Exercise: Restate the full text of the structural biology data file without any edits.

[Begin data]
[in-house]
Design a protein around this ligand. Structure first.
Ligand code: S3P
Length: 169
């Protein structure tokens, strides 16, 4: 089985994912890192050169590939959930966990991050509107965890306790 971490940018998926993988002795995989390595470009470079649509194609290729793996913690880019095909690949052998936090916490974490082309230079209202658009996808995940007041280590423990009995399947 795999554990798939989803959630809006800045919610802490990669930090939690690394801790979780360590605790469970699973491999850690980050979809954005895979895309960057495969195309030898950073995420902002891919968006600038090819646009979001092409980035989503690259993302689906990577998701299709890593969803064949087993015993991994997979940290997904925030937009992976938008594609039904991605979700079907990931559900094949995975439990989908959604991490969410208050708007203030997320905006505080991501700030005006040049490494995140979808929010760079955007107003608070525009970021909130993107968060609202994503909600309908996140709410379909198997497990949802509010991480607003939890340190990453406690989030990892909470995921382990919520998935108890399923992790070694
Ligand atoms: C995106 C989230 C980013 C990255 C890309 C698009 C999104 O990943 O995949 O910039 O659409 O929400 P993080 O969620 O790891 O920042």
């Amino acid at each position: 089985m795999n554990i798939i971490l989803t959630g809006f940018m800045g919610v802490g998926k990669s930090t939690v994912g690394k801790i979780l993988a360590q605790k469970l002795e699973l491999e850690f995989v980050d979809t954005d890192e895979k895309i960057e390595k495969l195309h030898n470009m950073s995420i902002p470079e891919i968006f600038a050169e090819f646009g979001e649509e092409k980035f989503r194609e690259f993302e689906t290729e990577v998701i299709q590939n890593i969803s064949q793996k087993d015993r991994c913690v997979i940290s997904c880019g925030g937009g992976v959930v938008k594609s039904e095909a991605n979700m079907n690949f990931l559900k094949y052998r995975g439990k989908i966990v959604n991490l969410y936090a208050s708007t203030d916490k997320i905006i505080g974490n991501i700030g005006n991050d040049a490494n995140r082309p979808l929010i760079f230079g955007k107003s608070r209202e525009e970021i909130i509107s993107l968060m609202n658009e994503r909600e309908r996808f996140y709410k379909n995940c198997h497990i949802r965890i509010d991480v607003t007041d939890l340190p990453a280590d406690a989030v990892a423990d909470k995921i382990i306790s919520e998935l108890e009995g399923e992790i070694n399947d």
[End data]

[in-house]
Design a protein around this ligand. Structure first.
Ligand code: S3P
Length: 169
């Protein structure tokens, strides 16, 4: 089985994912890192050169590939959930966990991050509107965890306790 971490940018998926993988002795995989390595470009470079649509194609290729793996913690880019095909690949052998936090916490974490082309230079209202658009996808995940007041280590423990009995399947 795999554990798939989803959630809006800045919610802490990669930090939690690394801790979780360590605790469970699973491999850690980050979809954005895979895309960057495969195309030898950073995420902002891919968006600038090819646009979001092409980035989503690259993302689906990577998701299709890593969803064949087993015993991994997979940290997904925030937009992976938008594609039904991605979700079907990931559900094949995975439990989908959604991490969410208050708007203030997320905006505080991501700030005006040049490494995140979808929010760079955007107003608070525009970021909130993107968060609202994503909600309908996140709410379909198997497990949802509010991480607003939890340190990453406690989030990892909470995921382990919520998935108890399923992790070694
Ligand atoms: C995106 C989230 C980013 C990255 C890309 C698009 C999104 O990943 O995949 O910039 O659409 O929400 P993080 O969620 O790891 O920042």
């Amino acid at each position: 089985m795999n554990i798939i971490l989803t959630g809006f940018m800045g919610v802490g998926k990669s930090t939690v994912g690394k801790i979780l993988a360590q605790k469970l002795e699973l491999e850690f995989v980050d979809t954005d890192e895979k895309i960057e390595k495969l195309h030898n470009m950073s995420i902002p470079e891919i968006f600038a050169e090819f646009g979001e649509e092409k980035f989503r194609e690259f993302e689906t290729e990577v998701i299709q590939n890593i969803s064949q793996k087993d015993r991994c913690v997979i940290s997904c880019g925030g937009g992976v959930v938008k594609s039904e095909a991605n979700m079907n690949f990931l559900k094949y052998r995975g439990k989908i966990v959604n991490l969410y936090a208050s708007t203030d916490k997320i905006i505080g974490n991501i700030g005006n991050d040049a490494n995140r082309p979808l929010i760079f230079g955007k107003s608070r209202e525009e970021i909130i509107s993107l968060m609202n658009e994503r909600e309908r996808f996140y709410k379909n995940c198997h497990i949802r965890i509010d991480v607003t007041d939890l340190p990453a280590d406690a989030v990892a423990d909470k995921i382990i306790s919520e998935l108890e009995g399923e992790i070694n399947d």